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Labour underestimated George Osborne. “Where’s George?’ went the cry, assuming that Osborne was somehow the dark and scary underbelly of the Conservative Party, the sight of which would repel swing voters. Far from being hidden away, however, George was planning the election. And ultimately, he delivered.
Back in 2007, when Gordon Brown was riding high in the polls, Osborne saw that the rise in house prices had made a new swathe of people worried about the impact of inheritance tax on the estate they hoped to hand down to their children. Though it became an easy spot for Labour to jab at, it was in fact such a clever ploy to offer to raise the threshold, that Brown demanded that Labour adopt it.
Then came last year’s ‘austerity’ speech – the ‘we’re all in it together’ number. Again, some voters will have rebelled at the notion of cuts and it allowed Labour to fight a spirited rearguard campaign, but the speech had a more important effect. Firstly, it divided the Labour Party and called their economic management into question (subtly changing the terms of debate from the black eye given to the Conservatives over the banking crisis). Secondly, it got the chattering classes and the media obsessed with the idea that Britain was going down the tube – good for column inches. Finally, it allowed the Conservatives to criticise Labour’s plans to raise more taxes and to portray themselves as the party of enterprise and growth.
So Osborne’s latest coup de theâtre is just that, a political rather than an economic ploy. He has played up to the capital markets, helped in his cause by the fervours of the Greek debt crisis, and focussed the political light on what he would like to characterise as wasteful, or reckless spending.
Of course there is waste in government, as in every walk of life. Yet the notion that you should suddenly cut back on all of the systems designed to improve efficiency – and that might as well include cab fares – is ludicrous. ID Cards will be scrapped, but the savings will be so minimal that they aren’t even mentioned in news bulletins.
Some of these cuts will make a difference, though. The decision to abolish Child Trust Funds makes a mockery of the ‘Great Ignored’ that Cameron claimed to be fighting this election for. Instead, the poorest will simply become the new ignored, just as they used to be the old ignored.
Many will call the decision to give capital grants of £500 (in two instalments) extravagant. Admittedly, there was a case for means-testing the trust fund to return it to its original purpose of fiscally educating and capitalising the most socially and economically disadvantaged. And that is why the cuts announced by Osborne really sting – it’s not so much the £6bn, which we were all expecting, but the decimal point. Those extra £200 millions would have made up nearly half the trust fund budget, but instead they were culled, without study, without consultation, and within two weeks of taking office.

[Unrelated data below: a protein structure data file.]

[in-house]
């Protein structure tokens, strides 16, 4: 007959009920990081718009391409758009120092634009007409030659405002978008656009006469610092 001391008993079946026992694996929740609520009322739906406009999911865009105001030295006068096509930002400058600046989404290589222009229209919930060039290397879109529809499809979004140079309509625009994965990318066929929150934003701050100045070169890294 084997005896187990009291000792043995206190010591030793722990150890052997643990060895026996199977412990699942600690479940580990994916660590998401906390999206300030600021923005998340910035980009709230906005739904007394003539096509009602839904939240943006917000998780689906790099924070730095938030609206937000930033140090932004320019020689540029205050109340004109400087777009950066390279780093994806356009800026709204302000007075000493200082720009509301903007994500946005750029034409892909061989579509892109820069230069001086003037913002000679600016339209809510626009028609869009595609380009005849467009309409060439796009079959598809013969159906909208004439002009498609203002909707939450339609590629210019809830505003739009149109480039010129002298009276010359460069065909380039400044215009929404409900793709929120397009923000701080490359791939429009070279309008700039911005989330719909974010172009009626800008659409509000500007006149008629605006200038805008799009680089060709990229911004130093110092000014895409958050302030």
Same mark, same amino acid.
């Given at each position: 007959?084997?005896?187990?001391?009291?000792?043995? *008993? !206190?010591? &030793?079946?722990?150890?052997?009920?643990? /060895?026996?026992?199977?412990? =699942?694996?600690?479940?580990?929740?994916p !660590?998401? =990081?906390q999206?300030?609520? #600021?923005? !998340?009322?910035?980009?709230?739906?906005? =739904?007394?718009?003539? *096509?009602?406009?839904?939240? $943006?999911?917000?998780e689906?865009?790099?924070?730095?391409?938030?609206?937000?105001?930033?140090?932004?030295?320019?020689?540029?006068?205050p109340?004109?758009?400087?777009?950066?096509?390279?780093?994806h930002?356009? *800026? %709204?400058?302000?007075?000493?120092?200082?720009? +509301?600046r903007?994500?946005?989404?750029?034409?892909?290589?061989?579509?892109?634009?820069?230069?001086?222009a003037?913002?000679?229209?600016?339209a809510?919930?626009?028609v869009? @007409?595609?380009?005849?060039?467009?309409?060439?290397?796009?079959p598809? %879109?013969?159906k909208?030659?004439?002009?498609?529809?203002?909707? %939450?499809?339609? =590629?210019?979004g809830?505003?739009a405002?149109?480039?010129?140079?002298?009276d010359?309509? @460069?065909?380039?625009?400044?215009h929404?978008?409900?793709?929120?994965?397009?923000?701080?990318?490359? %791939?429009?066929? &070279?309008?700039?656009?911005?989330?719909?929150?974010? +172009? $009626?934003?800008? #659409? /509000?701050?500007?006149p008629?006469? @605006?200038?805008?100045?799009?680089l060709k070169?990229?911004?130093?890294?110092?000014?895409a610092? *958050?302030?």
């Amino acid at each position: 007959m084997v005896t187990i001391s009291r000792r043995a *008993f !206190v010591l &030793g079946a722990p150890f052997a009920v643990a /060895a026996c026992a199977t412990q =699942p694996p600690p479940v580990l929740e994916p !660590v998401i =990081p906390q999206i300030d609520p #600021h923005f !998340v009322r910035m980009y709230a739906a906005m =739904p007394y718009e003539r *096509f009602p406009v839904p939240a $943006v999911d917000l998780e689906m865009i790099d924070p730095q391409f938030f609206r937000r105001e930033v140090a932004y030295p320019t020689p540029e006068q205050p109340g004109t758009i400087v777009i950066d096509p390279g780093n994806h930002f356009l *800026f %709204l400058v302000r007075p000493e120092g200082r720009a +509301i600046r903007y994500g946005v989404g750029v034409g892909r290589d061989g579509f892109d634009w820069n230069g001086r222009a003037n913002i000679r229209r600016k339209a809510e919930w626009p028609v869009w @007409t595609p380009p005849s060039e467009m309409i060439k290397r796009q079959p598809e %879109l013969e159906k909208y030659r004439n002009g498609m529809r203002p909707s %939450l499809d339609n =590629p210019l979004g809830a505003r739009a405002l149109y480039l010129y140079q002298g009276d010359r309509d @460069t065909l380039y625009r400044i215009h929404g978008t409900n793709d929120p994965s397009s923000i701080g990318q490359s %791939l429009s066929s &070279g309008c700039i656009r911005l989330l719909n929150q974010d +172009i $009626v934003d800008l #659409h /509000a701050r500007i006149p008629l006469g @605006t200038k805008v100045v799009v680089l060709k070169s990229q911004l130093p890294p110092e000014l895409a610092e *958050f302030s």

David Laws justified the decision by saying that those currently enjoying the benefits (and none are yet old enough to actually access them) will be better served by not being loaded with debt. What excuse is that? What kind of Liberal doesn’t believe in ensuring a widely distributed stake in the future? A minor modification to the scheme – to transform it into a voucher for higher education, for example, could have had the same effect and excluded the Liberal-Conservative fear that these payments are not socially-useful. Their very nature was that their utility was for the individual to decide, and what could be more Liberal than that?
Pushed to the back pages – page 42 in Saturday’s Guardian and not even on the front page of the BBC News website – was an interesting story. Britain’s borrowing estimates have been revised down by more than Osborne has just announced in cuts; £6.4bn. Income, capital gains and Value Added taxes all brought in more than expected – people are still earning and spending, which is a more useful measure of confidence than this misplaced faith in speculators.
Even so, the die is cast; the decision to cut spending has been made. The manner in which it has been taken is wearying. Among the cuts were ten thousand pledged university places in the sciences and technological courses. Also unable the escape the axe was the strategic investment fund, which directs investment to businesses that will drive future growth.
This government has a mistaken faith in the market to provide economic growth in Britain. In fact, laissez faire will not do, just as planning did not in the Post-War years. Osborne’s economic premise is that tax cuts are economically more efficient than spending. In this he is joined by his Liberal colleagues, who in 2005 were considering proposing a flat tax for the UK.
Flat taxes have been successful in Eastern Europe, where wages tend to be lower than neighbours (unlike the UK, and particularly if immigration is restricted). Ireland, which was lauded a few years ago for its low taxes and booming economy, is now one of the countries teetering on the brink of the Eurozone debt crisis. Lower taxes in themselves will not save the British economy. Instead, we will rely as always on our infrastructure and ingenuity. The Boy George has certainly learnt to colour in between the lines, but he hasn’t yet attempted to join the dots.